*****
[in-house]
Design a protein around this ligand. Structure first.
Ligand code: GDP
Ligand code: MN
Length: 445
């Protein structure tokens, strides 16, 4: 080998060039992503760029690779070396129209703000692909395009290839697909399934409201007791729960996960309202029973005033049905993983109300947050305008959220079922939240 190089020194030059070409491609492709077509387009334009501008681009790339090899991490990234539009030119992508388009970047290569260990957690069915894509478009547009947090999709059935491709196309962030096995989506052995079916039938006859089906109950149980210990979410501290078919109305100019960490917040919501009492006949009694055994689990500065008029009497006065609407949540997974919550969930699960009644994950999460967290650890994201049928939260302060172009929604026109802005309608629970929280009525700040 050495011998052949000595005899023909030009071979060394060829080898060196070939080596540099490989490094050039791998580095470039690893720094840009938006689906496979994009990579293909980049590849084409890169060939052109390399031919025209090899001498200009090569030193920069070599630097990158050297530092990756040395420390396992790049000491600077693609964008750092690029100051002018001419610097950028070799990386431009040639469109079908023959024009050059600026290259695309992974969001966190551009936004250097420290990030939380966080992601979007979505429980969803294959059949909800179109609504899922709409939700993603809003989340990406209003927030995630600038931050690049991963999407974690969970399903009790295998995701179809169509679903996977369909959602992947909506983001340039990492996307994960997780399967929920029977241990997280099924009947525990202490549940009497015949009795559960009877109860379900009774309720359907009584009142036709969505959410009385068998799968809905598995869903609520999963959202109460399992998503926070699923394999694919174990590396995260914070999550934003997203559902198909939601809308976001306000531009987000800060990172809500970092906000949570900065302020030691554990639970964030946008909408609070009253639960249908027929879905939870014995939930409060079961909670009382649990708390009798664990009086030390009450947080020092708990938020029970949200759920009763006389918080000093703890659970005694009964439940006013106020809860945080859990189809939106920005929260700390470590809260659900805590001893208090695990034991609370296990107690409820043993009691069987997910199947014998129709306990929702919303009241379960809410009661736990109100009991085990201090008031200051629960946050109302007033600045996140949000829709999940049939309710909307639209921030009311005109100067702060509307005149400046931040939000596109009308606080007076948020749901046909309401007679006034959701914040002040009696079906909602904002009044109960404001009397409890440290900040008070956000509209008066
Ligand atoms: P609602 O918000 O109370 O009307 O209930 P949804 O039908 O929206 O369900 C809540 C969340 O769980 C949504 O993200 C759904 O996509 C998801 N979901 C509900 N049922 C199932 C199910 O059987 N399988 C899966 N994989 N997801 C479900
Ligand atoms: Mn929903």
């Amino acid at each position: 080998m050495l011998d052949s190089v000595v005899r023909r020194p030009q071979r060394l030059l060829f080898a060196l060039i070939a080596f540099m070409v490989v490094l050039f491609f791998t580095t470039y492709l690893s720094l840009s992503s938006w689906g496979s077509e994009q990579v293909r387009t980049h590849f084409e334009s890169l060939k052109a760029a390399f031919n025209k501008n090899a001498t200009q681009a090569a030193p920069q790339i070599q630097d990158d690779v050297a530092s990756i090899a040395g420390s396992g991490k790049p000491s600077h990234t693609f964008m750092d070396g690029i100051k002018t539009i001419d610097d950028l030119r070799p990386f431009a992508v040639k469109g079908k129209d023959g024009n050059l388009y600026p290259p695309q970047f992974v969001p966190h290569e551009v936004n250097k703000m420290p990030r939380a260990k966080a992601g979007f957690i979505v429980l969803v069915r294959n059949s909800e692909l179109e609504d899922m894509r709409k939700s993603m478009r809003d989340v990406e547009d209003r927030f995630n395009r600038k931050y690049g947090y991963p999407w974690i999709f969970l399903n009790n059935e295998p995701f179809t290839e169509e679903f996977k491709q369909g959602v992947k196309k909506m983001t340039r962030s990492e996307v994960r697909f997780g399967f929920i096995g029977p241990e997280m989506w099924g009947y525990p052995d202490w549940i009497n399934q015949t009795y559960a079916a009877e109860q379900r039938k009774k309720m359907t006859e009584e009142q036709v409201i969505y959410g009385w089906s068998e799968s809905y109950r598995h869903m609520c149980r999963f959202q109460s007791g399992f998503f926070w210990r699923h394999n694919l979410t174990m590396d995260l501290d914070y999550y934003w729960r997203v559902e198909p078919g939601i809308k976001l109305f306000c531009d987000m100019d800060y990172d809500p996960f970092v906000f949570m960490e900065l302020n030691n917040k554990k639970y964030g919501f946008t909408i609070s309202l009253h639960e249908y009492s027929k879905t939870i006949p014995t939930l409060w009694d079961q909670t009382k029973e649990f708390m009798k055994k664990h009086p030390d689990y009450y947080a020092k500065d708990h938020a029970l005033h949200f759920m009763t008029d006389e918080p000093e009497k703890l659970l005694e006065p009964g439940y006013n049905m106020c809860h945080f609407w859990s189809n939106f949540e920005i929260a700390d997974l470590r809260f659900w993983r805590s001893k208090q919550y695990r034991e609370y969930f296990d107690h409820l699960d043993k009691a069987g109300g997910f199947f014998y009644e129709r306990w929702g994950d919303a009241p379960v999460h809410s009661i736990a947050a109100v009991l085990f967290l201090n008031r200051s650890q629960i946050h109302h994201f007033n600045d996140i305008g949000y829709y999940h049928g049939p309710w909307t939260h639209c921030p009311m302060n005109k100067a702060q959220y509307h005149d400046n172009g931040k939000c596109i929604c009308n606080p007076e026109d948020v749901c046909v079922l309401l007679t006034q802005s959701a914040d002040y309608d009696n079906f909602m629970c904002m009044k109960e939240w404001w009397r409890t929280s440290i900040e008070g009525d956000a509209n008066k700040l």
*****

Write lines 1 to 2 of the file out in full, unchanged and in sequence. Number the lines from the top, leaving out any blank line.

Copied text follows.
[in-house]
Design a protein around this ligand. Structure first.